and Sadr’s head, I expect. Every country has great leaders, who appear when the worst happens. In some cases, they are small men who achieve greatness in crisis and others, like Grand Ayatollah Ali al-Sistani have long been leaders in their countries. His return to save the shrine of Imam Ali and the people of Najaf is wonderful, not only because it should only further boost his place but also because it simultaneously shows his clerical colleague to be that much more of a brigand.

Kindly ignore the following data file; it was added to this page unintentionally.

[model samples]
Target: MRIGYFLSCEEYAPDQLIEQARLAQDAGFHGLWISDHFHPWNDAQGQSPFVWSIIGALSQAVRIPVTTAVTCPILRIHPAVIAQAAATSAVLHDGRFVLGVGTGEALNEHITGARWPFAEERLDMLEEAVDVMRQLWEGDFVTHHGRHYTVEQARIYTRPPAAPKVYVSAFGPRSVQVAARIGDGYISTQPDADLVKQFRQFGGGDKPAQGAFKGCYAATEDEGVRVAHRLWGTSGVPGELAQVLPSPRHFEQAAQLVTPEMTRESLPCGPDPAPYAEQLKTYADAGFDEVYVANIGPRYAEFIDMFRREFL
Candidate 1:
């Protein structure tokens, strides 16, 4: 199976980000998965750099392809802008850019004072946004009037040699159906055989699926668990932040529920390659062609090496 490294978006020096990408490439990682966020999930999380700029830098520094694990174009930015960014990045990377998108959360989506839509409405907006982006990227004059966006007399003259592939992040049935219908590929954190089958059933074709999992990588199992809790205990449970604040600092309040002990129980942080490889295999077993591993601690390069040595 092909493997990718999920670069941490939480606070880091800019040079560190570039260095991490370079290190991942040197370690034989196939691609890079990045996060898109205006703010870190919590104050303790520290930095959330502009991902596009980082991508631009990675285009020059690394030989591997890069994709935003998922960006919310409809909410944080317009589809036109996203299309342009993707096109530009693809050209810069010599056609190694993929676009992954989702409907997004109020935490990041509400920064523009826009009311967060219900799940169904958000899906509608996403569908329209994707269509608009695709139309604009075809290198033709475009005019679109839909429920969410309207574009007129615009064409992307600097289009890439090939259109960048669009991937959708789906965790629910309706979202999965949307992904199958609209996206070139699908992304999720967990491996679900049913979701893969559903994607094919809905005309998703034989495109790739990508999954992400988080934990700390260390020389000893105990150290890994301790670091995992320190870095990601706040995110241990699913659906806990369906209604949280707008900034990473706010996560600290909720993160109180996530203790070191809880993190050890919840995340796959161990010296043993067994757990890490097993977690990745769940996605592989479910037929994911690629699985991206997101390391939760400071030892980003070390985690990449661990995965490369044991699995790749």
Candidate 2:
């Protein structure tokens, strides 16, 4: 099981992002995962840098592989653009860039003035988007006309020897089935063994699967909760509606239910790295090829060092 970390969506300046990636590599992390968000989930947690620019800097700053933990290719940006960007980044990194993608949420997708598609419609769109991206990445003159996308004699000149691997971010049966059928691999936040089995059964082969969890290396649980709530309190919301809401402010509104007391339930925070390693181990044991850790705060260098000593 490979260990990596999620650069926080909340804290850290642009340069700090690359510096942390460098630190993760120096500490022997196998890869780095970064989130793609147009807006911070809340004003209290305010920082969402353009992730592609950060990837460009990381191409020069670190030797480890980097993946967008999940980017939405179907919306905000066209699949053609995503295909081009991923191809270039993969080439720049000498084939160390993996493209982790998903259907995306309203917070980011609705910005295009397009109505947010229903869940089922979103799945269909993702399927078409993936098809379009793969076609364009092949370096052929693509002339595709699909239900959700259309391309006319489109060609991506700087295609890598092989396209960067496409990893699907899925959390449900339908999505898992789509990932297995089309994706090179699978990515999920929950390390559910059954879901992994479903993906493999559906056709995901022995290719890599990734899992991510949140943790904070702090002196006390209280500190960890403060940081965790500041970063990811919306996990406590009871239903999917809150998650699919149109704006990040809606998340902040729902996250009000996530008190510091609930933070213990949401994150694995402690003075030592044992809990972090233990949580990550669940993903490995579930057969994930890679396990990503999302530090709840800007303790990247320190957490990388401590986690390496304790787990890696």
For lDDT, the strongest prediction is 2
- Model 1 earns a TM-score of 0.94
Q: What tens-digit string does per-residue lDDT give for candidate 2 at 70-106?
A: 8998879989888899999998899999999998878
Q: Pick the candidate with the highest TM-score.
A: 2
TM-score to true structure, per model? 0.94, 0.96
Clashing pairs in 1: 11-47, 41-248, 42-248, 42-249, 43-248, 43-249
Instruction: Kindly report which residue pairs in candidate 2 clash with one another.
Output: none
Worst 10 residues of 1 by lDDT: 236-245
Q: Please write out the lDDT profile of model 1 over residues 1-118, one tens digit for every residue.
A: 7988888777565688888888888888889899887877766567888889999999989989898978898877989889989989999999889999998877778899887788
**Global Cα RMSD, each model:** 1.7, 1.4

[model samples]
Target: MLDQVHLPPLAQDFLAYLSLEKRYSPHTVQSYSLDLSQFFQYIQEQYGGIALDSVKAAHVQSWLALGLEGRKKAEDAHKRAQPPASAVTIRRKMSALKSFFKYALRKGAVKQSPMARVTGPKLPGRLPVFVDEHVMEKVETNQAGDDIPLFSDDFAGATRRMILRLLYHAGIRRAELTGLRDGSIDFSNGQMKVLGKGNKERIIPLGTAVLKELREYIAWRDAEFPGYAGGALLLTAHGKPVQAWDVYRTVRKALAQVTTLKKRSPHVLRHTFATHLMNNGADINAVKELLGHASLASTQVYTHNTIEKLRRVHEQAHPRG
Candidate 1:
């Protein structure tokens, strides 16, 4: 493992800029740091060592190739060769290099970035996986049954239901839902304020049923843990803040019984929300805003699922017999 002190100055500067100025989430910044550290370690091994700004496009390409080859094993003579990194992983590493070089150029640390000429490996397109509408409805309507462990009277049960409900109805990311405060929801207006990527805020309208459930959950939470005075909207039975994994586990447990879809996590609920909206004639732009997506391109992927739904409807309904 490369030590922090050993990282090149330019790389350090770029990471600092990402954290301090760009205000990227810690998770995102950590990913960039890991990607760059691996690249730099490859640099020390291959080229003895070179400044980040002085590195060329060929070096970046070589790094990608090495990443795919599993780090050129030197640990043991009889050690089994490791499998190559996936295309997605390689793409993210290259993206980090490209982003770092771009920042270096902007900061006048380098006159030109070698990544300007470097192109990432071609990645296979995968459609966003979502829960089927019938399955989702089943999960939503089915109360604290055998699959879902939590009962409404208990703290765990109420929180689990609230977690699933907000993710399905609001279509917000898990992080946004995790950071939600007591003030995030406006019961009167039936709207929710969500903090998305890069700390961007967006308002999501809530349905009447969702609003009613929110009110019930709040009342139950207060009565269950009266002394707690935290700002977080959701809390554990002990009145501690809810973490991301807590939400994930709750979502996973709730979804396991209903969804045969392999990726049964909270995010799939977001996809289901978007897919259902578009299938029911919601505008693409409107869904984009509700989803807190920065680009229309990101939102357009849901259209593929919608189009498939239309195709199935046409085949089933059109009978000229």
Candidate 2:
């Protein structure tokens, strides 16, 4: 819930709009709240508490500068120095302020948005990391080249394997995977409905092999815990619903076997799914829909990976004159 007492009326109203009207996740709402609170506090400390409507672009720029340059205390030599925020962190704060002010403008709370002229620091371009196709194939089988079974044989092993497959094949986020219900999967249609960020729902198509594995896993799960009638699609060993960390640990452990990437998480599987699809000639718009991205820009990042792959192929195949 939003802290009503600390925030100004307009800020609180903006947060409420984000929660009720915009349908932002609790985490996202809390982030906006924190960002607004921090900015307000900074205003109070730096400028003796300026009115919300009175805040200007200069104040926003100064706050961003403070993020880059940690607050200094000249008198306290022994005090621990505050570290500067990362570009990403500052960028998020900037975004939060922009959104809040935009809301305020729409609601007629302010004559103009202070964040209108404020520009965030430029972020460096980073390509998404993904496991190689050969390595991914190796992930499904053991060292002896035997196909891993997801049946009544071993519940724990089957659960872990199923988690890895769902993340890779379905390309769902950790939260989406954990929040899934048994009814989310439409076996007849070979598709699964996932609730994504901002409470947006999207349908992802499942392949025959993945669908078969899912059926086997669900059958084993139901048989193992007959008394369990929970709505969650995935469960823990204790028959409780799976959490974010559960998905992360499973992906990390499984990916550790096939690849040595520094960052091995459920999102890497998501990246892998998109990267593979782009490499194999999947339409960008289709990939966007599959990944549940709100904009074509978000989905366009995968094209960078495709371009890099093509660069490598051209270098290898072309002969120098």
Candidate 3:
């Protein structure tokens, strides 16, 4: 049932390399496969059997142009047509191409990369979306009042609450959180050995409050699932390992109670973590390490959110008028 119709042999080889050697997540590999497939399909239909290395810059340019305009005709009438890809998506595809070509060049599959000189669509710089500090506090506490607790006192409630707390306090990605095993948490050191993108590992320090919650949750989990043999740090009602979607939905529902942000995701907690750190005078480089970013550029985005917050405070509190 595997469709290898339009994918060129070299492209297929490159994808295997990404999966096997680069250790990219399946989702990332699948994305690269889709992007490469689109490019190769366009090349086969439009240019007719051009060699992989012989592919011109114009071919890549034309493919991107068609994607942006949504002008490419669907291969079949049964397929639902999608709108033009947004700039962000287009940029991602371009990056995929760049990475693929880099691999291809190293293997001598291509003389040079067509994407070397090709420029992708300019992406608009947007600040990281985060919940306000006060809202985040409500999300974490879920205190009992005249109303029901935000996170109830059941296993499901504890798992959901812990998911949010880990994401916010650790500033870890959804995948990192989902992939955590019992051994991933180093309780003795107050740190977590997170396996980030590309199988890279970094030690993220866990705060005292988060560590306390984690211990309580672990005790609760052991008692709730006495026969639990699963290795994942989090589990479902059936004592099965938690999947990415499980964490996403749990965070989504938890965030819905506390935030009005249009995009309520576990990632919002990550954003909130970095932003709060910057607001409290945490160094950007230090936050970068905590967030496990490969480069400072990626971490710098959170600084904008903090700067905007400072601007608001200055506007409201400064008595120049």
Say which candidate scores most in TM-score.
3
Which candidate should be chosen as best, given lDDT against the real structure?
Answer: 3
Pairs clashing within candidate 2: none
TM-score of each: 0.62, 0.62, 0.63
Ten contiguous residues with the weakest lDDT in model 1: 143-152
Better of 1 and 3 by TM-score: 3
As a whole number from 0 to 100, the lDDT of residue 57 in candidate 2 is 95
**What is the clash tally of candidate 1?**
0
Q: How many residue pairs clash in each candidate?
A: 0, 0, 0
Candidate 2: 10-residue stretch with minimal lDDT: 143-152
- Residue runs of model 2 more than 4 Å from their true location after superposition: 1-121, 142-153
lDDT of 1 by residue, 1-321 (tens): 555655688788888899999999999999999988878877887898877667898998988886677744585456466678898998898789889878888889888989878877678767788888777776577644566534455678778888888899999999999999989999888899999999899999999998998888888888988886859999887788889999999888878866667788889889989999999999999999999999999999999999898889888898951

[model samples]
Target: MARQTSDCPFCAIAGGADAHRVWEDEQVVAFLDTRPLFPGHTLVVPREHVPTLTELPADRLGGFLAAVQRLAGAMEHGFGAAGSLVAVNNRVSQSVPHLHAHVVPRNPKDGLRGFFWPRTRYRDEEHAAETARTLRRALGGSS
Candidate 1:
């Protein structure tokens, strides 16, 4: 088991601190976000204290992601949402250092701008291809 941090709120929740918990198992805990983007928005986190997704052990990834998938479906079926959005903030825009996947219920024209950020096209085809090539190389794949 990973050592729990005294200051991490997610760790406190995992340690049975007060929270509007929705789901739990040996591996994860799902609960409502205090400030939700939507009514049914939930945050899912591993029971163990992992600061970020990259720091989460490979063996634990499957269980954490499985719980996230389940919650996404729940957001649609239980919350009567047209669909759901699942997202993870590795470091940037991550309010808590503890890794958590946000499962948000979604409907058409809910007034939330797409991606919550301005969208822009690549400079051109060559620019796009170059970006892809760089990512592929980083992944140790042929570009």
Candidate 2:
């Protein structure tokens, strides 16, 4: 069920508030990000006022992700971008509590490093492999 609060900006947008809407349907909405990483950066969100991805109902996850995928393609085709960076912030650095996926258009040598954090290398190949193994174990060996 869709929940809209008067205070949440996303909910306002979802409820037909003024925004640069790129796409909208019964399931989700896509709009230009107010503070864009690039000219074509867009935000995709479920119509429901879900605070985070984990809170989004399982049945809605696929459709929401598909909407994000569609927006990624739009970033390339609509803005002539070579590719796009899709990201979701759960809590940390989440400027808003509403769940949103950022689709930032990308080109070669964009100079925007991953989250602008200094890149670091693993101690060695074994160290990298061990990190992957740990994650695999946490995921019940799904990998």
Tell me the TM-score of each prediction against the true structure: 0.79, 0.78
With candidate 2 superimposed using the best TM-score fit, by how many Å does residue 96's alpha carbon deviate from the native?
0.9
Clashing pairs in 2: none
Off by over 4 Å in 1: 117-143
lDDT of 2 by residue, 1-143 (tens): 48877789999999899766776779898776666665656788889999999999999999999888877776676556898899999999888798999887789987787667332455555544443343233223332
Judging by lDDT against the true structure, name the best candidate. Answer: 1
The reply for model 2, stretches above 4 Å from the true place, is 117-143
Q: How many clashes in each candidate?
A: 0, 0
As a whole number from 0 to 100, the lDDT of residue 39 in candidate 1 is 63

The New York Times reports that Sadr’s cutthroats are moving out of Najaf in accordance with the cease-fire that was negotiated by Grand Ayatollah Sistani and approved by the Iraqi government. This is excellent news, not only because it will save numerous Iraqi and coalition troops’ lives, but that it soothes one of the continually erupting boils in the ongoing rebuilding of that poor country. One that has just re-emerged is in Kufa where an unsigned mortar shell landed in a crowd of demonstrators, enabling everyone to disclaim responsibility and to point at the American troops as the likeliest target.